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NAD Says “Let’s Talk” to University Students

NAD Says “Let’s Talk” to University Students

    On March 14, 2017, the North American Division (NAD) of the Seventh-Day Adventist Church hosted a Facebook Live event entitled “Is This Thing On?” at 8 p.m CDT, featuring a Q&A session with NAD President Daniel Jackson and Executive Secretary Alexander Bryant hosted at Union College to answer questions from members in the live audience and as asked on various social media platforms.

           This event, aimed towards college-age young adults, is the start of a new video series from the NAD. The NAD encouraged both its live and online audience to send in questions relating to the Bible, church policy, Adventist lifestyle, theology, relationships and more using the hashtag #NADnow.

           With the decline of young adults in congregations of Adventist Churches in North America, Adventist Church leaders in North America have looked for ways to get young Adventists involved more in the church, both at the local church and institutional level. The Barna Group, a visionary research and resource company did a research on why young Christians have been leaving the Church.
    David Kinnaman, a member of the Barna Group who headed the research, listed that “nearly three out of every five young Christians (59 percent) disconnect permanently or for an extended period of time from church life after age 15.”

    Former General Conference President Jan Paulsen spearheaded an agenda to increase open dialogue with young adults by participating in over thirty “Let’s Talk” conversations with young adults from around the world. Dan Jackson and Alex Bryant continue this agenda by making the tagline of this event: “Making sure we can hear each other. Let’s talk.”

Steven Sigamani (Master of Divinity, first year) posed the following question on the NAD Facebook page: “Andrews University has taken a great stance at opening dialogue about racism in the church, when will we have a NAD-wide movement or even worldwide movement on this matter?”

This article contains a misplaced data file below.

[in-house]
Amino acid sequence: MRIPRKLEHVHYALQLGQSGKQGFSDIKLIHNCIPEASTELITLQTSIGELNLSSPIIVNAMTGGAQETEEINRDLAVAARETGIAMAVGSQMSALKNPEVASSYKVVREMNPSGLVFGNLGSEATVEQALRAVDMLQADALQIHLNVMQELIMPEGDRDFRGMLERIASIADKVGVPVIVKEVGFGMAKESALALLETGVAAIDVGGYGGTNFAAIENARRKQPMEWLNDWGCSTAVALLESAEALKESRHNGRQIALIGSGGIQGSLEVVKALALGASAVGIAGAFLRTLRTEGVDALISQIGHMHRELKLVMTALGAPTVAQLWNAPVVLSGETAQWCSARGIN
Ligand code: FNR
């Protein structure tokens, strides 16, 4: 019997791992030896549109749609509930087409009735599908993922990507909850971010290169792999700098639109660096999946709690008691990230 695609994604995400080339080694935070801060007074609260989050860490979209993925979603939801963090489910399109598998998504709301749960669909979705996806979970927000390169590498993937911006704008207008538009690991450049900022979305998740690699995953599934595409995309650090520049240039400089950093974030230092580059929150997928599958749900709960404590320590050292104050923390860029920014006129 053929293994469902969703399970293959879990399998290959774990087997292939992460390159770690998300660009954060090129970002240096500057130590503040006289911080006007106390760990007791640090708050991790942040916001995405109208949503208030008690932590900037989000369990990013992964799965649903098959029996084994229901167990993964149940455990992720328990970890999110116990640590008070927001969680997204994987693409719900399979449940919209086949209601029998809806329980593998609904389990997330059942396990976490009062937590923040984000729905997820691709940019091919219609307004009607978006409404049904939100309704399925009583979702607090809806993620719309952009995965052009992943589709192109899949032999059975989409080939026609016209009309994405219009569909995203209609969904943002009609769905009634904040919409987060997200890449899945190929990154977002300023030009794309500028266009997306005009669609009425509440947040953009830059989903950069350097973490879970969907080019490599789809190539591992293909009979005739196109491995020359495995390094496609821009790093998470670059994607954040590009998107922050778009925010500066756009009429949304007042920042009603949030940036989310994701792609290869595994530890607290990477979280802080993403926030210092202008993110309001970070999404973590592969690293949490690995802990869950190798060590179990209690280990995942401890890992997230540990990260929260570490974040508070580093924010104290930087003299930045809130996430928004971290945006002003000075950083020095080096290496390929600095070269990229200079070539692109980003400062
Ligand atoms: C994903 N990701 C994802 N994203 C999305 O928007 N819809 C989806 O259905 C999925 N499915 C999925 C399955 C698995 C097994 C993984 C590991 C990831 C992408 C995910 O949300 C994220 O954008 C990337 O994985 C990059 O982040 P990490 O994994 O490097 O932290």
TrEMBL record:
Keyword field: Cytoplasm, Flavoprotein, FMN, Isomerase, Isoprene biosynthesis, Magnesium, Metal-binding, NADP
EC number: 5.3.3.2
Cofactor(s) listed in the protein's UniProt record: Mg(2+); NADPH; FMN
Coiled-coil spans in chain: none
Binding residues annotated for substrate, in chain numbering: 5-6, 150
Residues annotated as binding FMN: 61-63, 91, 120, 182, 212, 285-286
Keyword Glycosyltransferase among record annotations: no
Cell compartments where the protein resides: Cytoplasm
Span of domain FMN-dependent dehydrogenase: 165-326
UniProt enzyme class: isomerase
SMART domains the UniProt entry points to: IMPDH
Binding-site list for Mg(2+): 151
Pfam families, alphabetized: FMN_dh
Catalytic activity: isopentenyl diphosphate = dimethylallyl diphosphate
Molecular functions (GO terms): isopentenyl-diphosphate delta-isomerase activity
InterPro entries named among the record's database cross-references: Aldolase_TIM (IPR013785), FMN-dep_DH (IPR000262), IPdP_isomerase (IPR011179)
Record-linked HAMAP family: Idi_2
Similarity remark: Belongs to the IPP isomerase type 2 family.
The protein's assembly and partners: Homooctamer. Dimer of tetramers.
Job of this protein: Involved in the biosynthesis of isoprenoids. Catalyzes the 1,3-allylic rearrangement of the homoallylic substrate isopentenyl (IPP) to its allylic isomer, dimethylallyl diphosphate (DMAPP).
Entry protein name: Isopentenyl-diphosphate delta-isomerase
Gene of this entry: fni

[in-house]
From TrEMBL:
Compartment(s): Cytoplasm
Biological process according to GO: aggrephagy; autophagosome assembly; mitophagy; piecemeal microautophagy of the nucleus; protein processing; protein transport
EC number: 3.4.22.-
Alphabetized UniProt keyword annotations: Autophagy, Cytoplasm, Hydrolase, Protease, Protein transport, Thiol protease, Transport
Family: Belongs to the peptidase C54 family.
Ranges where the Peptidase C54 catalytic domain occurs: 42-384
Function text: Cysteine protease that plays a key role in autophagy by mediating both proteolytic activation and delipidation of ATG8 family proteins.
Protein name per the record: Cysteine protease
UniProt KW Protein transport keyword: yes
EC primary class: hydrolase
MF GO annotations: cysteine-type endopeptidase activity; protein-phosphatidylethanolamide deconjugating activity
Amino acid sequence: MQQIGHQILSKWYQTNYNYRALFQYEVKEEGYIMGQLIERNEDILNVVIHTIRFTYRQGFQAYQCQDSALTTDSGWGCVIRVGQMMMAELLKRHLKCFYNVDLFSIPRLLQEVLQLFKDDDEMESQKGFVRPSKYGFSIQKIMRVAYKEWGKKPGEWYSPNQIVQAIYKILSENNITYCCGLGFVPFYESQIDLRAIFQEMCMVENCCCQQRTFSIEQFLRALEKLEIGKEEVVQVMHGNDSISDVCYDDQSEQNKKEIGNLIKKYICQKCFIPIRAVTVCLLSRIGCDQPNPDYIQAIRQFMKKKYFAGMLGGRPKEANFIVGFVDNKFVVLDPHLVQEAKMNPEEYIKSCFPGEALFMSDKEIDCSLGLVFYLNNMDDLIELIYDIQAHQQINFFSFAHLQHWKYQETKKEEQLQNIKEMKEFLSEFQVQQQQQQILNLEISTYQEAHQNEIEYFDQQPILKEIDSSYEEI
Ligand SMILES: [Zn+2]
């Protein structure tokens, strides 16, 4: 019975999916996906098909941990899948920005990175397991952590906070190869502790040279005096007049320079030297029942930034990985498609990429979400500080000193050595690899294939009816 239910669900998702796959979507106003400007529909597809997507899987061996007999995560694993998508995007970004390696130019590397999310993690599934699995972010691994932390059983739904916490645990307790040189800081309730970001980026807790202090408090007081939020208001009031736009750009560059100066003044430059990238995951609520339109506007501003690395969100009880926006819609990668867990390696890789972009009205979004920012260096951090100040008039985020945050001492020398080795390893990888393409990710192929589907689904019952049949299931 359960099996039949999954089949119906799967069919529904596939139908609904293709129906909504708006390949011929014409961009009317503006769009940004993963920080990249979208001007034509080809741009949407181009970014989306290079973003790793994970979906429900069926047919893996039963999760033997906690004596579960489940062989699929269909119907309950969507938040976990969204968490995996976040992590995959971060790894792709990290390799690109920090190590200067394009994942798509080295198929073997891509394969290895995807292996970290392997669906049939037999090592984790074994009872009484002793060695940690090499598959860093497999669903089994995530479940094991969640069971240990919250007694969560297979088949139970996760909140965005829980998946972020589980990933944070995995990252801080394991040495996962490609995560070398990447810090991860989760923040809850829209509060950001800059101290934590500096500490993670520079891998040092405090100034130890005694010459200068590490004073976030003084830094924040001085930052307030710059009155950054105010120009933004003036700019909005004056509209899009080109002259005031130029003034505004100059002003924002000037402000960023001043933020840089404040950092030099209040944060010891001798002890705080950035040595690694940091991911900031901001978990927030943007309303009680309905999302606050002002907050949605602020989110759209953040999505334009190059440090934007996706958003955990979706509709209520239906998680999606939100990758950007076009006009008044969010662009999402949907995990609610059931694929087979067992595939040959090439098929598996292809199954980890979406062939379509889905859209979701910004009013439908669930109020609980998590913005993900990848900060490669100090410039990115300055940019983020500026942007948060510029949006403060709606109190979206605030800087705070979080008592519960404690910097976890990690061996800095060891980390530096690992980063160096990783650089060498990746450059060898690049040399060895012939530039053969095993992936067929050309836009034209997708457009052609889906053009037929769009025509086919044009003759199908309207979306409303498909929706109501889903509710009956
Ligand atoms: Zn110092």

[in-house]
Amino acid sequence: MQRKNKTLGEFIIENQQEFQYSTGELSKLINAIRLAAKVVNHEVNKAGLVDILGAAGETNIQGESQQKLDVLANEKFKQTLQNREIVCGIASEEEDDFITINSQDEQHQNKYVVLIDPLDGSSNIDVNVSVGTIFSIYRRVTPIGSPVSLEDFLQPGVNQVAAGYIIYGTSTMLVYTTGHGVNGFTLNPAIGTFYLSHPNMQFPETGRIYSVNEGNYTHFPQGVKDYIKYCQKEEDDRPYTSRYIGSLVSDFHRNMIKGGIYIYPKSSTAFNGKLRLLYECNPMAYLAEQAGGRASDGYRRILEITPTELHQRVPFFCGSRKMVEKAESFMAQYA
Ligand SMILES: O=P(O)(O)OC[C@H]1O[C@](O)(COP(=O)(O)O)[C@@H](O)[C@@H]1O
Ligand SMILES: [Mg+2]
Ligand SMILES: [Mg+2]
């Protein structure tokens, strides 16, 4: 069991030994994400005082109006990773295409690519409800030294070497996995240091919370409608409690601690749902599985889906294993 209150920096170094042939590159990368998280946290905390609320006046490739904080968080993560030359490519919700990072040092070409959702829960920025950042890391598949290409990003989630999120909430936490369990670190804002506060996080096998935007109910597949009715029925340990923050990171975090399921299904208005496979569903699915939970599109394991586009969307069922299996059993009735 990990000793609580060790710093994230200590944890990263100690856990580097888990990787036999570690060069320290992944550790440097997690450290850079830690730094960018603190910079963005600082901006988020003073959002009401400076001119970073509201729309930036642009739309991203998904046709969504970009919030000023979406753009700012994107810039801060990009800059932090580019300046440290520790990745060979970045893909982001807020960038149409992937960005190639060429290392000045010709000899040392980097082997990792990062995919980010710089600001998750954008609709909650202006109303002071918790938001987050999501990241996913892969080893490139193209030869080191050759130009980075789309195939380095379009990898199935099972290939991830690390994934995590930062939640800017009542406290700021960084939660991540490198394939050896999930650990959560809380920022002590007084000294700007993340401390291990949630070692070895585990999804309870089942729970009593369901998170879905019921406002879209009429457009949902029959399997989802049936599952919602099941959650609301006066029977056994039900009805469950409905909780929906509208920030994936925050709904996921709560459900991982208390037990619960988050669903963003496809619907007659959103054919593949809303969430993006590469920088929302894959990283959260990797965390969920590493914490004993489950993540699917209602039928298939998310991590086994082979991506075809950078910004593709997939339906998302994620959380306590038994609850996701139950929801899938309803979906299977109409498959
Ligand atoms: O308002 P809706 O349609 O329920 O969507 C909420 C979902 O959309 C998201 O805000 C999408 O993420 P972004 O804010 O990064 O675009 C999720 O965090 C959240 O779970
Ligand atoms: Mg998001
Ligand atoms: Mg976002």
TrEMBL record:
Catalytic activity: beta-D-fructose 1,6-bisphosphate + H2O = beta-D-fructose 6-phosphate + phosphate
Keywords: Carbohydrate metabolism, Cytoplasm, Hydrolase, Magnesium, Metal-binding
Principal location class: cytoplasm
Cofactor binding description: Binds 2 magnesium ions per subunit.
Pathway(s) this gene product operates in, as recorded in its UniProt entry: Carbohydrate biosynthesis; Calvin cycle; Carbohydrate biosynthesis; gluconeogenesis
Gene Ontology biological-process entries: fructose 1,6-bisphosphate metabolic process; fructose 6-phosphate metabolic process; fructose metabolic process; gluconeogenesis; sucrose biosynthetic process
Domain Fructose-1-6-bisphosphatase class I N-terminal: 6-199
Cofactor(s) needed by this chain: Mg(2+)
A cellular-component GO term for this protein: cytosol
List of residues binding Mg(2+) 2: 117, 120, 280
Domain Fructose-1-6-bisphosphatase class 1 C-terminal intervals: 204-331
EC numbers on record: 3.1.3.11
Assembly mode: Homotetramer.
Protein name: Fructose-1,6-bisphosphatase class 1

In his response to Sigamani’s question, Jackson echoed Dr. Luxton’s call for more open dialogue in her informal response to the #ItIsTimeAU video shared at the chapel service on Feb. 23.
    Jackson said, “I have nothing but applause for what AU did. We need to have more of these kinds of conversations throughout the NAD.”
    Bryant also commented and said, “We don’t have enough conversations. The church is better served when we talk openly about controversial issues.”

According to the Spectrum magazine website, “The NAD institution in Canada, Burman University, led in submitting questions.” The university’s most popular question by student vote began: “Are there any actions being taken by the North American Division regarding Women’s Ordination?”

In response to Burman University’s question, Jackson said, “I personally believe in the ordination of women...I have for a long time.”
    Jackson’s statement of personal belief was met with applause by those in the live student audience.

Jackson referenced that the NAD is not separated from the world church, that “it is not an island,” and thus must thoughtfully consider its approach to resolving disagreements with the greater world church.

Jackson concluded the event with an appeal to Seventh-day Adventist young adults and youth, and said“We aren’t making much progress but you’re the future of the church, so don’t give up...we need you, we want you!”

The “Let’s Talk” Q&A session was advertised as the first of a series of events allowing open dialogue between NAD leaders and Seventh-day Adventist young adults. No official dates or further information has been provided at this time.

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